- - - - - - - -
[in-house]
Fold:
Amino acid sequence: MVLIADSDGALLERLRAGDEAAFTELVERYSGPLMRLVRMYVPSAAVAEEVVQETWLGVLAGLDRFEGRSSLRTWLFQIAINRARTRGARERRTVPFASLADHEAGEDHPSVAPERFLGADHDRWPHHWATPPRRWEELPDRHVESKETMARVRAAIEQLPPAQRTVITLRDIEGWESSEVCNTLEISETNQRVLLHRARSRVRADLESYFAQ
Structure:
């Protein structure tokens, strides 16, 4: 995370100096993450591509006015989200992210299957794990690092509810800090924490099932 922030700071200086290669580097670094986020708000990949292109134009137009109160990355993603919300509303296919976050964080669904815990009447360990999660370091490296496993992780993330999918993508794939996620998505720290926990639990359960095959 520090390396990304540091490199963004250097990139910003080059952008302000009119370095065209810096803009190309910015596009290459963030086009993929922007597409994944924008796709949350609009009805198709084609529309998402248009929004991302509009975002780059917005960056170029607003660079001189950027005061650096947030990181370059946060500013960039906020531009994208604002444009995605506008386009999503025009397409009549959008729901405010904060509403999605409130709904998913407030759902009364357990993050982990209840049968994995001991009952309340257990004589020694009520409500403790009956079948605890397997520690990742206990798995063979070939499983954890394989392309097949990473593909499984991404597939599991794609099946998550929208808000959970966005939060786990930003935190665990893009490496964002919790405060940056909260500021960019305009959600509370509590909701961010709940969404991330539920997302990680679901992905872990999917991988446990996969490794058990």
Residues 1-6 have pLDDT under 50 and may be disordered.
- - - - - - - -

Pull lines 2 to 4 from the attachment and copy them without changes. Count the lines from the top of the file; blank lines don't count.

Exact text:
Fold:
Amino acid sequence: MVLIADSDGALLERLRAGDEAAFTELVERYSGPLMRLVRMYVPSAAVAEEVVQETWLGVLAGLDRFEGRSSLRTWLFQIAINRARTRGARERRTVPFASLADHEAGEDHPSVAPERFLGADHDRWPHHWATPPRRWEELPDRHVESKETMARVRAAIEQLPPAQRTVITLRDIEGWESSEVCNTLEISETNQRVLLHRARSRVRADLESYFAQ
Structure: